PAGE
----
Aakanksha N Bhardwaj
Tribune News Service
Jalandhar, November 19
Colleges were opened two days ago for the final semester students after the orders from the state government, but it seems that the fear of Covid is not letting the parents of the students to allow them to go to the college. Jaspal Singh Randhawa, principal, Guru Nanak Dev University (GNDU) College, Nakodar, said that proper precautions were being taken for the safety of the students. “But the strength is extremely low. There are approximately 265 students in the final semester, but nearly 25 are coming right now,” he said.
The principal conducted Covid test of all staff members. In college the students’ temperature is checked, sanitisers are given and the students and staff are asked to willingly wear masks.
“I feel since the colleges have started in phased manner, the students are under the impression that it might not be safe for now to go to the college. They think that if the students of other classes are not allowed to come, it means that it is unsafe to visit the college. Also, the cases are again increasing in the district,” the principal said.
He said,“The parents are also not ready to take risk and thus are not letting their wards to attend classroom classes”. The principal of GNDU College Phillaur, Paramjit Kaur Jassal, said, “Only 20 per cent of the students are coming to the college. The parents haven’t given them the consent. The students are still confused whether they should come or not,” she said.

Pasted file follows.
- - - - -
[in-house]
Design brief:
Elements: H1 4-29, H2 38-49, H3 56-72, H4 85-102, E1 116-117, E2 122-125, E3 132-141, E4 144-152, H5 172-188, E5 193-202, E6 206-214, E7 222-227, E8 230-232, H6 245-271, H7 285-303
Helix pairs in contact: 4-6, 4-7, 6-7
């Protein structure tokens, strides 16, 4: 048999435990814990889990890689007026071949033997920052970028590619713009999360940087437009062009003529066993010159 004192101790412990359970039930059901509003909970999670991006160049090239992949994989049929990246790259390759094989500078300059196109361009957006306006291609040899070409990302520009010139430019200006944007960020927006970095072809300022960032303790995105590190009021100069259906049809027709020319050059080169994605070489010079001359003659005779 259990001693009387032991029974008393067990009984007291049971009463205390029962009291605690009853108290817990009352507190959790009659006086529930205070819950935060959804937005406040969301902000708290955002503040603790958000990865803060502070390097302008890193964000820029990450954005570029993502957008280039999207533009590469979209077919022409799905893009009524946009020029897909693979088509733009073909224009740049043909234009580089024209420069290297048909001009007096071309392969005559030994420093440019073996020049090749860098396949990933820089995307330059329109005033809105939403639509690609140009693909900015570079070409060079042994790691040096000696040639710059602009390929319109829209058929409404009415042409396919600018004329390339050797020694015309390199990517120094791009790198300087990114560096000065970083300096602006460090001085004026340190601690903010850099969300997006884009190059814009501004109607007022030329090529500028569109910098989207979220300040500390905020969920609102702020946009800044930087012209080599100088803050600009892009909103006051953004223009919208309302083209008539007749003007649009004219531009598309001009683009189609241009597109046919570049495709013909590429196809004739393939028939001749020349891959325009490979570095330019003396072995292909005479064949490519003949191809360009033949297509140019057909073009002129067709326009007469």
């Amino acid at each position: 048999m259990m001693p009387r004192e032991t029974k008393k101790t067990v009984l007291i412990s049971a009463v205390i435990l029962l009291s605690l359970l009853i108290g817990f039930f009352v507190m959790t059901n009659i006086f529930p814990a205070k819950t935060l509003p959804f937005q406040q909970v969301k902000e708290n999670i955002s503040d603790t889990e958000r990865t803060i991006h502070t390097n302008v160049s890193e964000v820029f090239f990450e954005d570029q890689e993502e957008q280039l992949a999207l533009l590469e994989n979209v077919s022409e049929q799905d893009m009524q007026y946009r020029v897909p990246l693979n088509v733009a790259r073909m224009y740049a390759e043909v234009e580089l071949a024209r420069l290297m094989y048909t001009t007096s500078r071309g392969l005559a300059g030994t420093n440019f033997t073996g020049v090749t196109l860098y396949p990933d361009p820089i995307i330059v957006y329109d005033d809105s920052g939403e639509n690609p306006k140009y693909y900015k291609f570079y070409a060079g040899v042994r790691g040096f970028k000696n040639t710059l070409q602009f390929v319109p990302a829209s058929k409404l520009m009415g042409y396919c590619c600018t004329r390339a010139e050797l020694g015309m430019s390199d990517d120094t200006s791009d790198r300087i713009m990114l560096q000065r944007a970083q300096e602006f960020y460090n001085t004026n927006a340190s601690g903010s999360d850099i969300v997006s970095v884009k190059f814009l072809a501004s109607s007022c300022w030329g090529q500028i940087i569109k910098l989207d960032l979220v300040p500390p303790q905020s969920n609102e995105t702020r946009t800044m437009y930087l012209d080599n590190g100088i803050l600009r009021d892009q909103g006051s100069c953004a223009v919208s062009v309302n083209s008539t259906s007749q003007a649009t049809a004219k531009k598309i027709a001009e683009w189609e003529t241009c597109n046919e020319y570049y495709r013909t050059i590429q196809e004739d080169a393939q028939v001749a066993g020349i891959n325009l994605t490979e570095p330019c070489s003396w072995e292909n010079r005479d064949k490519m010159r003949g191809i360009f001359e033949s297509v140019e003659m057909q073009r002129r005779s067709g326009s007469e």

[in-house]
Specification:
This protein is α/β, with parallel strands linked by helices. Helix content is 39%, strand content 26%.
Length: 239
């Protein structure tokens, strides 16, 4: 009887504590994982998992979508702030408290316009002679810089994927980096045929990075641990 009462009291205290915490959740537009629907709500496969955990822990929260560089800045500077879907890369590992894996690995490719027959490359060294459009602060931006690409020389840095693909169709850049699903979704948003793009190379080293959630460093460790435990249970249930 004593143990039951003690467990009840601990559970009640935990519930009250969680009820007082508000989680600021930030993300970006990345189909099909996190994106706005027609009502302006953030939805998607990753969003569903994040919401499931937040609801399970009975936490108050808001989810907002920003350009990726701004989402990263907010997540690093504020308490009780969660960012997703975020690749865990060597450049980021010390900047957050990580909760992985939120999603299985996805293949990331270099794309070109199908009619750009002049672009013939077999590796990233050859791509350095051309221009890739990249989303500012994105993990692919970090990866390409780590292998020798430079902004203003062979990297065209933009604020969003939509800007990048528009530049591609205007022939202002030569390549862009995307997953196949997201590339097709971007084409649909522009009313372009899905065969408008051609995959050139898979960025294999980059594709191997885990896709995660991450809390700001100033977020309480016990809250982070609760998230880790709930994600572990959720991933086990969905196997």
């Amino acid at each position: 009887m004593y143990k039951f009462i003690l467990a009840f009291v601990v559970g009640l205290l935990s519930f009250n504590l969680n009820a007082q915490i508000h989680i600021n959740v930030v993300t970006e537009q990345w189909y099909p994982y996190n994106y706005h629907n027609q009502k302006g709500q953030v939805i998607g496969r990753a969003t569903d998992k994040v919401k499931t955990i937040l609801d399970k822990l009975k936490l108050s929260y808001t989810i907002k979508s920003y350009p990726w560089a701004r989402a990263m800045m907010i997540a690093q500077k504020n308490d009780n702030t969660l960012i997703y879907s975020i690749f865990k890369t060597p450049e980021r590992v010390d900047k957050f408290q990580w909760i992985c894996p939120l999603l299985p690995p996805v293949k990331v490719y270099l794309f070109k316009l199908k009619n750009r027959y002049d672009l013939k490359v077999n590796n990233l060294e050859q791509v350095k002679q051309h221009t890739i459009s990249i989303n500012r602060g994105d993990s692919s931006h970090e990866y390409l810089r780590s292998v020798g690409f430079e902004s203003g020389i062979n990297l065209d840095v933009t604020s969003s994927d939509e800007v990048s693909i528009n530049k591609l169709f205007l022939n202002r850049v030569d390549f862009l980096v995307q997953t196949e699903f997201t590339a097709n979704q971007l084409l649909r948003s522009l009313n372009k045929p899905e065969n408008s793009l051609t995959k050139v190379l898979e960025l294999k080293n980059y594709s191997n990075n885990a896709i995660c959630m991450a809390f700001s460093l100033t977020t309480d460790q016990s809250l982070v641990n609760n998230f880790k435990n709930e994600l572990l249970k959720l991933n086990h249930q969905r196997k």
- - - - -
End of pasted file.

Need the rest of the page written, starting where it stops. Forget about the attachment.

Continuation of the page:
“Also, we have seen the students are not active in online classes. Students come and then leave the classes,” the principal said.
Jassal has called the area senior medical officer to send medical teams to take samples of the staff and the students.
The principals said there was an issue of lack of practical training to the students because of online classes.
Dr Sunil Khosla, principal, Baba Balraj Panjab University Constituent College, which is the only government college in Balachaur, said the university had ordered to continue with online classes only.
“Sometimes, the attendance of the students is too less during online classes. Because the students belonging to rural areas face network problems and some are also devoid of smart phones. But we have finished our 80 per cent of the syllabus now,” he said.
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